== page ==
Luma Mufleh, founder of Georgia Fugees Academy Charter School and the Fugees Family, delivered an inspirational keynote speech during the National Charter Schools Conference in Austin, TX. The Syrian/Jordanian entrepreneur, coach and thought leader in refugee and English Language Learner education told the standing-room only crowd about her personal and professional journey, which started in Amman, Jordan and eventually led to her starting the Fugees Family, the only network of schools in the U.S. dedicated to refugee and immigrant education.
Mufleh grew up in Amman, Jordan as the daughter and granddaughter of Syrian refugees. In 1993, she came to the United States to attend Smith College. After graduation, she was granted asylum in the US, and eventually opened a coffee shop and began coaching soccer for refugee children. Those coached by Mufleh began experiencing success on and off the soccer field. However, she noticed that a number of the children on her team were receiving an inadequate education. That prompted her to start The Fugees Academy in Clarkston.
“Our system is designed to fail students, and we need to fix it,” Mufleh told National Charter Schools Conference attendees.
The Fugees Academy started as a private school. Later, the school transitioned to Georgia Fugees Academy Charter School, a public charter school authorized by the State Charter Schools Commission of Georgia. The Fugees Academy also became the Fugees Family as it expanded its footprint in Ohio. Most recently, the Fugees Family partnered with Bowling Green Independent Schools to open Teranga Academy in Bowling Green, Kentucky this past August. Mufleh says 100 percent of the school’s students grew by at least one grade level in math and reading in the school’s inaugural year.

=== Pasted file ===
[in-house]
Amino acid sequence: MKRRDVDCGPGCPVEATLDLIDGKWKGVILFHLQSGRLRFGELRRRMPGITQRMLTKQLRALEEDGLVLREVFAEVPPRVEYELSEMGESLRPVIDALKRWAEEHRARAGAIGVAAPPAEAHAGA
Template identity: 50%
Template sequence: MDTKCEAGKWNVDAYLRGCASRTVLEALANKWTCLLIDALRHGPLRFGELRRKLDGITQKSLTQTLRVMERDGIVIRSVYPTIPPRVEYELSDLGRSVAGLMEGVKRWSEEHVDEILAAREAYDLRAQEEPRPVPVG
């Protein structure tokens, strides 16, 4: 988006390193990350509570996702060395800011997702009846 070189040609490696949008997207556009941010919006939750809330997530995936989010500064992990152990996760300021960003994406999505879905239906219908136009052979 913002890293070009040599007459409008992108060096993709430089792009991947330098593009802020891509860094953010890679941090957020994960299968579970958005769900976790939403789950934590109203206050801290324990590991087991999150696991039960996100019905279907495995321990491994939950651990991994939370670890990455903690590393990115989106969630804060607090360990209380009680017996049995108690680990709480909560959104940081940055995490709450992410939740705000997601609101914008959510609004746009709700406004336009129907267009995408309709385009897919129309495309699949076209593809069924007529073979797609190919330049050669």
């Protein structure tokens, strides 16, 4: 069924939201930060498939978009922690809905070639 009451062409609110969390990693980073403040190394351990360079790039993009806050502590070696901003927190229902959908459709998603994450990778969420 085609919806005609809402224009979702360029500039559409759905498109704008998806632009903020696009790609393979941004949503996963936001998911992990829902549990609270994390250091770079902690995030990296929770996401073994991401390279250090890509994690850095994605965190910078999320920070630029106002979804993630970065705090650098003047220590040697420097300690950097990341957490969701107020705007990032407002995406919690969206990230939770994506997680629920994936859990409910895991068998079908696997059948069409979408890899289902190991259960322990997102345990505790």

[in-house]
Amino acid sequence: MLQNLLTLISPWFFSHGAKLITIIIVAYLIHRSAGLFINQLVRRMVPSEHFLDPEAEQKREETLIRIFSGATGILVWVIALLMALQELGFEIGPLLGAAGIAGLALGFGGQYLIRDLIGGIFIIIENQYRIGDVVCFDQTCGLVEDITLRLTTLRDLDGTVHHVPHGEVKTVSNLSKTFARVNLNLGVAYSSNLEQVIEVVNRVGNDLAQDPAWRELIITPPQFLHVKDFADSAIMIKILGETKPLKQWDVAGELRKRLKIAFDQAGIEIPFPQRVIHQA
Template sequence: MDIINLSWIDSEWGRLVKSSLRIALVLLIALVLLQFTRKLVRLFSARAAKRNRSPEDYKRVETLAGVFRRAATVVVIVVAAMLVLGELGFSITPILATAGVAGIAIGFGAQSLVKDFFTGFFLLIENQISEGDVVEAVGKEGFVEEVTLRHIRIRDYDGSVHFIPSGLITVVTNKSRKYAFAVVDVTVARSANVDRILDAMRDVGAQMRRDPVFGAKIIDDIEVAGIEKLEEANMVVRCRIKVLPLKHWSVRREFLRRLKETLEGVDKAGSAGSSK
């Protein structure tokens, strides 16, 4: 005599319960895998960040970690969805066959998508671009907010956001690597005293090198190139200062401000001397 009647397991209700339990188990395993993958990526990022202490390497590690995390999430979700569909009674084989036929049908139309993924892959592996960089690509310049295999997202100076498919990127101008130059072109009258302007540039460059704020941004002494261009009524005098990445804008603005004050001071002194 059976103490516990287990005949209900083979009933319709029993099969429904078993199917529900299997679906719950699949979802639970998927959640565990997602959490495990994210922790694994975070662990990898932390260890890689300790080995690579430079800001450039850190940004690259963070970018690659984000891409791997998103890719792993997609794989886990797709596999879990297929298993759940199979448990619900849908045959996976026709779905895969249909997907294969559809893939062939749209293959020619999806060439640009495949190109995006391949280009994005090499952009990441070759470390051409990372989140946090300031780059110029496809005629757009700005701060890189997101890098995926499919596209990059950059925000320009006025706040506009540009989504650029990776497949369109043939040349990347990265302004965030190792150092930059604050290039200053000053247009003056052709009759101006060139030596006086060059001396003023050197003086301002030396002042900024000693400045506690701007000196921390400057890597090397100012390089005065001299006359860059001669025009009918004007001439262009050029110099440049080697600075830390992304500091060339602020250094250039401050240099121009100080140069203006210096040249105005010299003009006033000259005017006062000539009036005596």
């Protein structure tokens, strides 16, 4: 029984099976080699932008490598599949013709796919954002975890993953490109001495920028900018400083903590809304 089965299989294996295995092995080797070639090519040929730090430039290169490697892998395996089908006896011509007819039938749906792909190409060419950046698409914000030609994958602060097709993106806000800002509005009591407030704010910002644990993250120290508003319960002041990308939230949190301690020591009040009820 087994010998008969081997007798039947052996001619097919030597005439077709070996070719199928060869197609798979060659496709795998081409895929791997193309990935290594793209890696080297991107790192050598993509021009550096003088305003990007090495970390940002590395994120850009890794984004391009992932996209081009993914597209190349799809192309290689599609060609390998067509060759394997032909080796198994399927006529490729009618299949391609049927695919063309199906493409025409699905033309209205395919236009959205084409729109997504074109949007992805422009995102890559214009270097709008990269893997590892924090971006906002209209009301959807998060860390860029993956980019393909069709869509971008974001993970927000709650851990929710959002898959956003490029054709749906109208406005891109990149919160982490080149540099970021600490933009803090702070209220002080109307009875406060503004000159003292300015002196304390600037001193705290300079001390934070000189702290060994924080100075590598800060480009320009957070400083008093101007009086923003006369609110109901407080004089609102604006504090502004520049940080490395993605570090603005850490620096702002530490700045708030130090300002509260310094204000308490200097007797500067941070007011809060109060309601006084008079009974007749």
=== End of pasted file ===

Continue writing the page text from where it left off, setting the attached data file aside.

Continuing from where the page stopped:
“Our vision is to change American education by taking everything that we’ve learned in the past twenty years and spreading it far and wide by partnering with school districts and charter school networks across the country to implement our model,” said Mufleh.
Mufleh told the audience the innovative model used by the Fugees Family has a proven track record. As part of the model, students start their school day with yoga and martial arts. They also have to play a musical instrument and join a soccer team. Reading is taught by educators with a background in early elementary education. She said the approach has shown that 12–13-year-old students who enter a Fugees Academy school with little to no formal education can get on grade level academically within three years.
She said the Fugees model ensures that refugee and immigrant students who are English Language Learners will thrive academically and socially, rather than simply memorizing English phrases and learning about American holidays.